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"I don't think the report is true, but these crises work for those who want to make fights between people." Kulam Dastagir, 28, a bird seller in Afghanistan

Wiretapping before the Wires: The Post Office and the Birth of Communications Privacy by Anuj C. Desai :: SSRN
Topic: Miscellaneous 2:28 pm EDT, Oct 23, 2014

I explain the history of postal surveillance and show that the principle of communications privacy derives not from the Fourth Amendment or even from the Constitution at all. Rather, it comes from early postal policymakers who put that principle into postal ordinances and statutes in the late eighteenth century. Over time, the principle of communications privacy became embedded into the postal network by both law and custom. It was only then that the Court incorporated it into the Fourth Amendment in the 1878 case Ex parte Jackson, which in turn served as one of the bases of Justice Brandeis's Olmstead dissent. So, if today we see the principle of communications privacy as fundamental to the Fourth Amendment, we have postal policymakers to thank, for it was through the post office, not the Constitution or the Bill of Rights, that early Americans first established that principle.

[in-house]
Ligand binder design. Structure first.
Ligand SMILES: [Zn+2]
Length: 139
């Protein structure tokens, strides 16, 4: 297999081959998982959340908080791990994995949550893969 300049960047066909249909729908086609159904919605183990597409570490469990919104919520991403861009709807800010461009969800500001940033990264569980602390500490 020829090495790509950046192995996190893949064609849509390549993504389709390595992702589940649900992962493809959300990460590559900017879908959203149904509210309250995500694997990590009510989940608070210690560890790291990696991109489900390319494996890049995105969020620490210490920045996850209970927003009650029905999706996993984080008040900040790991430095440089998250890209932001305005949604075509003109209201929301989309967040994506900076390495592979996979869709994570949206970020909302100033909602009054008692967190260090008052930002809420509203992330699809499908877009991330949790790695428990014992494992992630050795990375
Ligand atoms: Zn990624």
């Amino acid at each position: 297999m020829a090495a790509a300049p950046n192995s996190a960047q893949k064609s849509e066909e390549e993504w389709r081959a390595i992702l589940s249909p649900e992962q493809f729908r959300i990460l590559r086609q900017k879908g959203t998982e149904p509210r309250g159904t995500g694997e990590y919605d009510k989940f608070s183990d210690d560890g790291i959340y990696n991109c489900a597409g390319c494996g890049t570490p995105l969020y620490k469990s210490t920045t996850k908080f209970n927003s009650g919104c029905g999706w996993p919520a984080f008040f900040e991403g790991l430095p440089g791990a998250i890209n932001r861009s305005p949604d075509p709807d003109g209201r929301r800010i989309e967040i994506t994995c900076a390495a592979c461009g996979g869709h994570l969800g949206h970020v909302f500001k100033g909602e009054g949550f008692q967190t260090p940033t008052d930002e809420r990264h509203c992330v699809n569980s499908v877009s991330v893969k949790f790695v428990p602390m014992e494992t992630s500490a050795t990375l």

Wiretapping before the Wires: The Post Office and the Birth of Communications Privacy by Anuj C. Desai :: SSRN

The Right to Privacy in American History
Topic: Miscellaneous 2:27 pm EDT, Oct 23, 2014

An excellent review of privacy in American history.

The Right to Privacy in American History

A Minor Clerical Error in DC. vs. Heller